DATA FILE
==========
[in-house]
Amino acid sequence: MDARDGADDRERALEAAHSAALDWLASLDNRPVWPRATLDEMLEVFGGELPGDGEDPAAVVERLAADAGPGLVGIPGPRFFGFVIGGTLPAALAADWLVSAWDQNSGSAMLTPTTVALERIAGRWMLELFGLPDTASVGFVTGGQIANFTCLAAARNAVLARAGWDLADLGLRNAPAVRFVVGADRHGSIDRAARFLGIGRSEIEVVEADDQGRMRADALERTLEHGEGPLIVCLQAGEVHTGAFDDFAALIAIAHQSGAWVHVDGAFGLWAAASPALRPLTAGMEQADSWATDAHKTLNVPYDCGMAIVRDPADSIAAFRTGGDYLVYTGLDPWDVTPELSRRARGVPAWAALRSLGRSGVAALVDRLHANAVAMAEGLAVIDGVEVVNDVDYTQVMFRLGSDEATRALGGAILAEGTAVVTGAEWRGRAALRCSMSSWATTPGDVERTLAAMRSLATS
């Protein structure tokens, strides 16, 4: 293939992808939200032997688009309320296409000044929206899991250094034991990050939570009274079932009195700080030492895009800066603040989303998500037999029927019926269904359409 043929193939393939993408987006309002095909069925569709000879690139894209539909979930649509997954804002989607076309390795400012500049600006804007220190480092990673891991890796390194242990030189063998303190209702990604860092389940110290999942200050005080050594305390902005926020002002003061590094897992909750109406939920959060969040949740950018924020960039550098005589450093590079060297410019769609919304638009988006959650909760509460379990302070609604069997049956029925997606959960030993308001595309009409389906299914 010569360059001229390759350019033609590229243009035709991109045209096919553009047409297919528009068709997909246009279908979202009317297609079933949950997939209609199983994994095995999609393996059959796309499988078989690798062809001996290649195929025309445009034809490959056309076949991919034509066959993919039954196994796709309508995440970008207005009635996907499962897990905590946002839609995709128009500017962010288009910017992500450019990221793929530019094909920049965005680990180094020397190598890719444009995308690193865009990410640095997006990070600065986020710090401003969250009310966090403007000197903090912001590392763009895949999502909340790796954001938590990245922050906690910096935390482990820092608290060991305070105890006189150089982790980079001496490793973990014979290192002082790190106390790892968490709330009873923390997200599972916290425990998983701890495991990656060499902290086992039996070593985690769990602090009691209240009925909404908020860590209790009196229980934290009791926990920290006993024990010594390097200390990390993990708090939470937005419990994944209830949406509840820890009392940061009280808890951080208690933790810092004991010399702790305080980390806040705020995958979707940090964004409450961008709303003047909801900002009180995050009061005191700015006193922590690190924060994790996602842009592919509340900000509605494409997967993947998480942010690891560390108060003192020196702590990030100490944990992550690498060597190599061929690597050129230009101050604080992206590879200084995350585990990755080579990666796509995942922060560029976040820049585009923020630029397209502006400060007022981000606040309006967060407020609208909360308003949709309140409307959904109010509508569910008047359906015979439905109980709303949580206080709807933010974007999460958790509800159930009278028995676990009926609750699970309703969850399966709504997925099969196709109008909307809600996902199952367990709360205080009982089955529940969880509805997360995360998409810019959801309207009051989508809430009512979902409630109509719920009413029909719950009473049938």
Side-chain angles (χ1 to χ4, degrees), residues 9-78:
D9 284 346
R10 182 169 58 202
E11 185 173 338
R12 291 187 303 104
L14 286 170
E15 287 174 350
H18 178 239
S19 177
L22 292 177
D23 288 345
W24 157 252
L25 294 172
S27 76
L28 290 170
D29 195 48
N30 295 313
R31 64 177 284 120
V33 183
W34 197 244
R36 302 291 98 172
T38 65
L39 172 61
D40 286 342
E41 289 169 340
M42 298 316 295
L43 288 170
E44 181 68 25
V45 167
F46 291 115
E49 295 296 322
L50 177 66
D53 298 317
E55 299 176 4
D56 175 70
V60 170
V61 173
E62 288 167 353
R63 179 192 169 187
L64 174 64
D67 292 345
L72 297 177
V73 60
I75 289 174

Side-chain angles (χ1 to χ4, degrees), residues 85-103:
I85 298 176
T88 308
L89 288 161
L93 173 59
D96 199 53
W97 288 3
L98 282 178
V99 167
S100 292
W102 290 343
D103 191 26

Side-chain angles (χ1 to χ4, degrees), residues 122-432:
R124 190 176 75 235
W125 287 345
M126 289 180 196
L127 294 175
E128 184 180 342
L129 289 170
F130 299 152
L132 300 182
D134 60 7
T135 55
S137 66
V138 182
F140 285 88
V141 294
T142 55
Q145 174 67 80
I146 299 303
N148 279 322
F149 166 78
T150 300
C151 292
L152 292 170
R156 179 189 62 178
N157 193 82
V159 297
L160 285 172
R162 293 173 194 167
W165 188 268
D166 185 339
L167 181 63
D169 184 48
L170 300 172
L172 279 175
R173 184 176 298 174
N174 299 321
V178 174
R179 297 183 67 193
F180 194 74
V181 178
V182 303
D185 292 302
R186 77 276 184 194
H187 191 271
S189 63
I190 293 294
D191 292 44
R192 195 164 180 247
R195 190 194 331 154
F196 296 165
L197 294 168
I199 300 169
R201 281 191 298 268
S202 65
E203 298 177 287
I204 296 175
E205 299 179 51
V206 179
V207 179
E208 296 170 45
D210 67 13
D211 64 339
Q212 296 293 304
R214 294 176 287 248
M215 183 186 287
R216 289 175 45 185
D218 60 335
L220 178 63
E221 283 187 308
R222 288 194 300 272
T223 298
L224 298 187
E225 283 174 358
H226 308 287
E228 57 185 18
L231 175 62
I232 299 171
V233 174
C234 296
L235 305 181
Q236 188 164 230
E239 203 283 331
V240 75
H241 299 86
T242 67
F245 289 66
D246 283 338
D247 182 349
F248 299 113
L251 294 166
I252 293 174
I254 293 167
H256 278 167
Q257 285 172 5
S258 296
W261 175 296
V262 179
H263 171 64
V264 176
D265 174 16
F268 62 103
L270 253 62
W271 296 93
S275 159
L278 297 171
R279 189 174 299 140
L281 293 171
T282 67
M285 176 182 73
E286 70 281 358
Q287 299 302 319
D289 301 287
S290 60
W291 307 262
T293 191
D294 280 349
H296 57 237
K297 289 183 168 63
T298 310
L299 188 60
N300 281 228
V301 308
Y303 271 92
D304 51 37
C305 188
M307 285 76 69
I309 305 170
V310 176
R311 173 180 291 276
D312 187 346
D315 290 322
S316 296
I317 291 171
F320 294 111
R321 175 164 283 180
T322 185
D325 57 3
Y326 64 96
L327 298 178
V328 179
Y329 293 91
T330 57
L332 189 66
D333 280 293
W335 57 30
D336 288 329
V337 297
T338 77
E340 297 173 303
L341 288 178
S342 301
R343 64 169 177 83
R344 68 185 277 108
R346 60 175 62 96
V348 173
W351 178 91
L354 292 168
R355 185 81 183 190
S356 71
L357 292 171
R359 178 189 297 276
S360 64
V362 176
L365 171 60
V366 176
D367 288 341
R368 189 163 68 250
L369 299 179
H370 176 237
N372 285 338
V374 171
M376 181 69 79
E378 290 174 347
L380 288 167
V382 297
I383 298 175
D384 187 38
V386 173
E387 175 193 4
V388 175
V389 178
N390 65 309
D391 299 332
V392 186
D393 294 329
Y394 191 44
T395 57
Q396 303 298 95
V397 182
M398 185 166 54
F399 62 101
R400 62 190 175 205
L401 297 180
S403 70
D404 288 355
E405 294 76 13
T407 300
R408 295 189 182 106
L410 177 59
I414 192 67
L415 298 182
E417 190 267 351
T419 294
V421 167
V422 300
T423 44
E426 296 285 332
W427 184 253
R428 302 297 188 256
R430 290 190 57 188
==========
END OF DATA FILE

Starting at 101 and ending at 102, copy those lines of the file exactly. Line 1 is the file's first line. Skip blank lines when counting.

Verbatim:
D185 292 302
R186 77 276 184 194